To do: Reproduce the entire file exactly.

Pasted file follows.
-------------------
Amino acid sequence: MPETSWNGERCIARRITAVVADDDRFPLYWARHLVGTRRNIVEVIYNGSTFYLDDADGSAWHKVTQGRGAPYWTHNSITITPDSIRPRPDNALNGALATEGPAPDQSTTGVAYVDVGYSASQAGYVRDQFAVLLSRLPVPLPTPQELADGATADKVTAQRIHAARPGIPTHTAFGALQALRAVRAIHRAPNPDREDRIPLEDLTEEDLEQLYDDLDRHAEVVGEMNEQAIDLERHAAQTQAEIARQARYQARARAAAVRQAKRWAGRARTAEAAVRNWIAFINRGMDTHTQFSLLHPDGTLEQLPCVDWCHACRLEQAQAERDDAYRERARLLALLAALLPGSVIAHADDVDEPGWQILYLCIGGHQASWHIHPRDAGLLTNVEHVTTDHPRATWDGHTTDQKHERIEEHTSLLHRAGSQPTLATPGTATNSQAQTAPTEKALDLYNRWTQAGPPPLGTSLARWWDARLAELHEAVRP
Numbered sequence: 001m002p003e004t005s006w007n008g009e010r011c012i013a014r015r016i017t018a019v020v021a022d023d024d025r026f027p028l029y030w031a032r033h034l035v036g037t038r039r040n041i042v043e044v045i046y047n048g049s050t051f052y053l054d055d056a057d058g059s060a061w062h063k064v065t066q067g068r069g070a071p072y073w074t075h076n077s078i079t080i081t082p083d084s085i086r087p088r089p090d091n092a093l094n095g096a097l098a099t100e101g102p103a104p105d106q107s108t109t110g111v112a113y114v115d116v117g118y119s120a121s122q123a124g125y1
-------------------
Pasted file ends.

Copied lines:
Amino acid sequence: MPETSWNGERCIARRITAVVADDDRFPLYWARHLVGTRRNIVEVIYNGSTFYLDDADGSAWHKVTQGRGAPYWTHNSITITPDSIRPRPDNALNGALATEGPAPDQSTTGVAYVDVGYSASQAGYVRDQFAVLLSRLPVPLPTPQELADGATADKVTAQRIHAARPGIPTHTAFGALQALRAVRAIHRAPNPDREDRIPLEDLTEEDLEQLYDDLDRHAEVVGEMNEQAIDLERHAAQTQAEIARQARYQARARAAAVRQAKRWAGRARTAEAAVRNWIAFINRGMDTHTQFSLLHPDGTLEQLPCVDWCHACRLEQAQAERDDAYRERARLLALLAALLPGSVIAHADDVDEPGWQILYLCIGGHQASWHIHPRDAGLLTNVEHVTTDHPRATWDGHTTDQKHERIEEHTSLLHRAGSQPTLATPGTATNSQAQTAPTEKALDLYNRWTQAGPPPLGTSLARWWDARLAELHEAVRP
Numbered sequence: 001m002p003e004t005s006w007n008g009e010r011c012i013a014r015r016i017t018a019v020v021a022d023d024d025r026f027p028l029y030w031a032r033h034l035v036g037t038r039r040n041i042v043e044v045i046y047n048g049s050t051f052y053l054d055d056a057d058g059s060a061w062h063k064v065t066q067g068r069g070a071p072y073w074t075h076n077s078i079t080i081t082p083d084s085i086r087p088r089p090d091n092a093l094n095g096a097l098a099t100e101g102p103a104p105d106q107s108t109t110g111v112a113y114v115d116v117g118y119s120a121s122q123a124g125y1